About a month ago I got the chance to play a few concerts in Los Angeles. It was the first time I hopped on a plane with my guitar and traveled abroad to promote an album. The concerts were very different from what I would imagine a major label artist’s ‘world tour’ to be like but they were great nonetheless, and made me feel as though I am on the right track as an artist, working hard to independently get my music out there using the internet and live shows.
I booked everything myself and traveled in the company of my friend and producer of my latest album In a Minute, Luis Venturin. I’d like to take this opportunity to thank Luis, as well as David Ramiro, a Brazilian friend who was on vacation in LA, and Patrick Berry, a friend from Florida who traveled cross-country to watch us perform and ended up as part of the crew for a night.
As soon as I arrived, my first stop was at the Bogner Amplification, where I met Felipe Raposo, Bogner’s Brazilian distributor, and Jorg Dorschner, one of the founders of Bogner Amplification. I had spoken to them before about playing a Bogner amp at my concerts, (I am a big fan of their Duende amp model), and these guys were just great. They provided me with amps for the shows and I even brought home a Bogner Duende of my own.
My next stop was to meet my US-band, which was put together by Luis and myself. Brazilian drummer Sandro Feliciano, who has been living and working in LA for over 11 years hooked me up with Lineu Andrade, a multi-instrumentalist who did an excellent job on bass. As soon as I arrived at the first rehearsal, I found that they had both done their homework and learned my songs extremely well. That didn’t keep us from having a six-hour rehearsal at the end of which the band sounded great.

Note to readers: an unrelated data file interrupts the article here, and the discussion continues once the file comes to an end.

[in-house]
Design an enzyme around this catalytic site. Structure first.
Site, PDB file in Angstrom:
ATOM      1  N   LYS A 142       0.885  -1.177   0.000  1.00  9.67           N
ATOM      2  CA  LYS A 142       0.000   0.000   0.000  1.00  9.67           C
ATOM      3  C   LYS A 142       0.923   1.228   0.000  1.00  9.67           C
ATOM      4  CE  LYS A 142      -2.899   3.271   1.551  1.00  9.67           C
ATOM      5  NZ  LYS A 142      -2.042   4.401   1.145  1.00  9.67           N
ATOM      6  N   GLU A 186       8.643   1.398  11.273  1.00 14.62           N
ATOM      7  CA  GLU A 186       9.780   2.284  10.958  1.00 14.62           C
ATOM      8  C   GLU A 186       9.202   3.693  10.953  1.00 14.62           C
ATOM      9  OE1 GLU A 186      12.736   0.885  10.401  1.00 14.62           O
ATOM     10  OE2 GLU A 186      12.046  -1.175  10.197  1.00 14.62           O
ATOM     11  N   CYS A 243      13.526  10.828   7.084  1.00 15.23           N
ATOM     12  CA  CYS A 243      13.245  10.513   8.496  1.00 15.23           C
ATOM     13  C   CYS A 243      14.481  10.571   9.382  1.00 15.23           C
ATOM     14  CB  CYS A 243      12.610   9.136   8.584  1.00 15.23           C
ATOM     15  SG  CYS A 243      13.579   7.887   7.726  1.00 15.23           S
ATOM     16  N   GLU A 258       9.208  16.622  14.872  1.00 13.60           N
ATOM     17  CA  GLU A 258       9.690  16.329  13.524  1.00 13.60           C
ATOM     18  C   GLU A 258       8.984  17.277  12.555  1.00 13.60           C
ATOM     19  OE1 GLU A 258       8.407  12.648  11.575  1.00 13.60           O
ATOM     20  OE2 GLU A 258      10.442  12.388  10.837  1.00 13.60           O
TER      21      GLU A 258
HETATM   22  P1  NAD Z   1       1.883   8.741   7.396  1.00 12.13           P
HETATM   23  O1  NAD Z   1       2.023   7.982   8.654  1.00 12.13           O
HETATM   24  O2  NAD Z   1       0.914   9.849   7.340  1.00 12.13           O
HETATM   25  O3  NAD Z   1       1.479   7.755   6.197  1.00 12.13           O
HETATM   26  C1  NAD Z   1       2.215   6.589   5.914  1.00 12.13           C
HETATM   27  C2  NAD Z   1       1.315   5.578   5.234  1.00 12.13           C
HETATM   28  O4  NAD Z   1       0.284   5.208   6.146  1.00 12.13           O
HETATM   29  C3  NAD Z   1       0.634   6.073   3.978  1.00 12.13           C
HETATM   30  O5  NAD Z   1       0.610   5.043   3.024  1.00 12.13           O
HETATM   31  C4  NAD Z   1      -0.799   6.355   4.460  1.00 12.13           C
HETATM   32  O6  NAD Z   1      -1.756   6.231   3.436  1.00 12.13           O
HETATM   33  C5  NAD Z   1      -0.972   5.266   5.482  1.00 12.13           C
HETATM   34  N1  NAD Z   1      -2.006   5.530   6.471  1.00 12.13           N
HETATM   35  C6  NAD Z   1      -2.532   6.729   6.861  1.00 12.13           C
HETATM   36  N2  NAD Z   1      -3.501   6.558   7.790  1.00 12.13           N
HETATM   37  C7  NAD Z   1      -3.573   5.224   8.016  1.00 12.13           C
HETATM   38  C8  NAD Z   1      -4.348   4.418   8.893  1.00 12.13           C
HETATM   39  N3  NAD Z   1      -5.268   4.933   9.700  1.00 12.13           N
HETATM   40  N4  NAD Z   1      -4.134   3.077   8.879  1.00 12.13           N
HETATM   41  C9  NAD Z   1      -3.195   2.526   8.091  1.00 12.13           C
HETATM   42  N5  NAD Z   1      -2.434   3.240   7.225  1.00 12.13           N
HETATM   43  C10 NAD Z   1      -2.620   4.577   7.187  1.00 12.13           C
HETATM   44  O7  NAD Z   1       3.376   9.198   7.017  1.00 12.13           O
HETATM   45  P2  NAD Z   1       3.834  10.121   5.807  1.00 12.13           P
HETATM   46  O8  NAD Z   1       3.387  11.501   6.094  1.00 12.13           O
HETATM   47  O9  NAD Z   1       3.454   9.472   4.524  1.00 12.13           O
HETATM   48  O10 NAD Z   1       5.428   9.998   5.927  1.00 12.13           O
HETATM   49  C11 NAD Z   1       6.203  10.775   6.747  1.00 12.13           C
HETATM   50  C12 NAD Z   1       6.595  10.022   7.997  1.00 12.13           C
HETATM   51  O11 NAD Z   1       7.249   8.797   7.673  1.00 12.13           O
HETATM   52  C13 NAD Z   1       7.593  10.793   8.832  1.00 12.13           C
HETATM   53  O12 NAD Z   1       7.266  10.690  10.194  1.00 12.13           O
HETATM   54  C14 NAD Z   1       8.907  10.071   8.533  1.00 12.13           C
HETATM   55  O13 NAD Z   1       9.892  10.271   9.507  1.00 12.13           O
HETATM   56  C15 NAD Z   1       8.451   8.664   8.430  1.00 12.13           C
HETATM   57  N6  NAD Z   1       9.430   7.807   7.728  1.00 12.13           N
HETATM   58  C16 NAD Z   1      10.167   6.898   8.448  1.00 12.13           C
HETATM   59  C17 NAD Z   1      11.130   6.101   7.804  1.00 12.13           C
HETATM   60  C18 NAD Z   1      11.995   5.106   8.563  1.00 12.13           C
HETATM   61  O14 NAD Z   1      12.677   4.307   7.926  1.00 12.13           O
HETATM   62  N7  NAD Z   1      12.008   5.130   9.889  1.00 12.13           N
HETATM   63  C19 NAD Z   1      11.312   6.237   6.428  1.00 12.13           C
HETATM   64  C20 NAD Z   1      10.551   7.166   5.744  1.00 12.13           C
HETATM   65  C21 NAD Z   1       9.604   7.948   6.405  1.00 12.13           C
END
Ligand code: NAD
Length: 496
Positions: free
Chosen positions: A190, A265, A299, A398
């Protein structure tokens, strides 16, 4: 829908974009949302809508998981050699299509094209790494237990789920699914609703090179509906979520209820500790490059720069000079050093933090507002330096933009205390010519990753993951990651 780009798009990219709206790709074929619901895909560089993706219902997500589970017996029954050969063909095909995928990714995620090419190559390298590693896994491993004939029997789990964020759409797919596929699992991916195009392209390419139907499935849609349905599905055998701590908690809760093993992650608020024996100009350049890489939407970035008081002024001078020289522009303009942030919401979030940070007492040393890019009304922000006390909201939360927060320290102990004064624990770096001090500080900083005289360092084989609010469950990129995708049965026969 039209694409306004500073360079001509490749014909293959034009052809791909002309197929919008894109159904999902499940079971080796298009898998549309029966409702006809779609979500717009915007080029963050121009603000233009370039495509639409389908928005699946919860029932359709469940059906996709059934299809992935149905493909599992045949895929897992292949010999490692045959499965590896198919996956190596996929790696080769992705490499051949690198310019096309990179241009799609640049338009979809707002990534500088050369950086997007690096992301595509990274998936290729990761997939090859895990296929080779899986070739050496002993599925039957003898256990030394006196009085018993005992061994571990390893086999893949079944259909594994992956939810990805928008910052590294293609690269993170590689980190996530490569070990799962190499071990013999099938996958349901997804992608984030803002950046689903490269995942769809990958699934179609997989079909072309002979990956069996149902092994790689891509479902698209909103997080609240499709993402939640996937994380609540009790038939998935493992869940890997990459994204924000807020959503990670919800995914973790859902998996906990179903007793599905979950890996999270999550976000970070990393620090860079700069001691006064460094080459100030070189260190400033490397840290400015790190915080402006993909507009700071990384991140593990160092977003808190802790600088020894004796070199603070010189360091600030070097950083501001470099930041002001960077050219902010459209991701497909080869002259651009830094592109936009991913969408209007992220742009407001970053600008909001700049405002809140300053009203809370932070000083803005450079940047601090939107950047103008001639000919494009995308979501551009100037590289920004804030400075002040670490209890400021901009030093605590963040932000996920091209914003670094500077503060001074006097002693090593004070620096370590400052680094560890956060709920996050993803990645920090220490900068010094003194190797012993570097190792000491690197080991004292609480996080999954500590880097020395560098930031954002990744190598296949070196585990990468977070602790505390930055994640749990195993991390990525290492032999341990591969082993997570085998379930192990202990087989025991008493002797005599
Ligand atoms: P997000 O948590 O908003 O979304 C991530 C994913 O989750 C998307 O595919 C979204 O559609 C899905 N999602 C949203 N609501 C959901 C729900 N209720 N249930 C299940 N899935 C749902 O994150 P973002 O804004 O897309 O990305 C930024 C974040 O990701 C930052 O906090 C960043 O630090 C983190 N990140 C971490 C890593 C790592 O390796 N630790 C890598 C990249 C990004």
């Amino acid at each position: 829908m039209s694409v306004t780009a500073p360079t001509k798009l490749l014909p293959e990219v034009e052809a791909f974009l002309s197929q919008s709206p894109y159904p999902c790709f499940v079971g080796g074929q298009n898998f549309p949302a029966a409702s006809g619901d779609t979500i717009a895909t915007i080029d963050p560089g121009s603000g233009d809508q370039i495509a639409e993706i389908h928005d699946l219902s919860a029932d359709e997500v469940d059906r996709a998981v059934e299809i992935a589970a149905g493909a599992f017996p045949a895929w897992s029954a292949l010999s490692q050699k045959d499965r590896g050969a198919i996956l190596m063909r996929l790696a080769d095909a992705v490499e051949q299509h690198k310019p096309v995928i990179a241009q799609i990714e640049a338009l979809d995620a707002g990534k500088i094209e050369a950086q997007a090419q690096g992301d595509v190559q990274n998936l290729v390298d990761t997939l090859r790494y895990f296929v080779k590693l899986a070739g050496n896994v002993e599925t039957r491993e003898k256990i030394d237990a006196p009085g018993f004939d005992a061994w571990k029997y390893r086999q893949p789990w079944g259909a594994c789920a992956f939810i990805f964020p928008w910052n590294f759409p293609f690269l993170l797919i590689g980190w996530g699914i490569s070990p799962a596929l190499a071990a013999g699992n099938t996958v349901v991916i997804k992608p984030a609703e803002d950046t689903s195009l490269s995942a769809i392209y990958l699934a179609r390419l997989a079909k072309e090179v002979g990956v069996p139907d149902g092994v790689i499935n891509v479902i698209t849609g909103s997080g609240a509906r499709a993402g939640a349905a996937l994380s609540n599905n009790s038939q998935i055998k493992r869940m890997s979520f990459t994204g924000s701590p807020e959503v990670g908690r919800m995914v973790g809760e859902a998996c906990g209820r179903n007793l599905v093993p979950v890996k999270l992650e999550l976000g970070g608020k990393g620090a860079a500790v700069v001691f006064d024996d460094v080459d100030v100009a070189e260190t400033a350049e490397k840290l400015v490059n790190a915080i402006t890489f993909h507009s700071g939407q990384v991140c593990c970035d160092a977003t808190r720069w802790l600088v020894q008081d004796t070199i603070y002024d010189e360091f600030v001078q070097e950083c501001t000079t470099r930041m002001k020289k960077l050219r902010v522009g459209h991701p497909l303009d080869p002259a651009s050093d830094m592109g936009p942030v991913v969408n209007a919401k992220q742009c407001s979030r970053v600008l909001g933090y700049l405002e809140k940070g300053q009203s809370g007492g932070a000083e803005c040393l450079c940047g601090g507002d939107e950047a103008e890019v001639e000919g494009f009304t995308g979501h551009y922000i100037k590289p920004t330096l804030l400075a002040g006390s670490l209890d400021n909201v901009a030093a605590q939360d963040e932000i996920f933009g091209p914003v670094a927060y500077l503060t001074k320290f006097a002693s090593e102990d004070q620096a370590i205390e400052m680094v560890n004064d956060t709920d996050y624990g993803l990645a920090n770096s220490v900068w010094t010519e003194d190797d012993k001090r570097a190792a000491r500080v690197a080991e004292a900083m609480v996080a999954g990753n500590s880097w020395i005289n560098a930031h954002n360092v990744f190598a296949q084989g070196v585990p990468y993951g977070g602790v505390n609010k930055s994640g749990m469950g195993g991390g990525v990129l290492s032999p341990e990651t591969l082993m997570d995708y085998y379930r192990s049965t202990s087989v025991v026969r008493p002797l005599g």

Our first gig was at the renowned Whisky-A-Go-Go in Hollywood. We had a great set and the crowd really responded to the heavier, guitar driven songs such as “Afraid of Loving You,” (the track that is featured Blues Rock Review Album Sampler Vol. 3). We also got to watch a couple of pretty cool bands play that same night.
After a couple of days off we played a small club in Santa Monica called the Trip, where I felt right at home. There were several musicians in the crowd, and everyone really seemed to like the songs. “Confusion” and other jazzier tunes were the ones people enjoyed the most there.
Our final show was at Skinny’s Lounge, also in Hollywood. We played a nice set and some fellow Brazilian musicians who were performing in LA were in the crowd.
We had an early flight the very next day, and by Friday, I was on stage in São Paulo, Brazil.
I had a lot of fun and learned a great deal from this experience. Nothing beats getting your music out to people personally, and performing live – especially when you play for new crowds in towns you’ve never been to. Thanks to everyone who made these shows possible!
– Marcel Ziul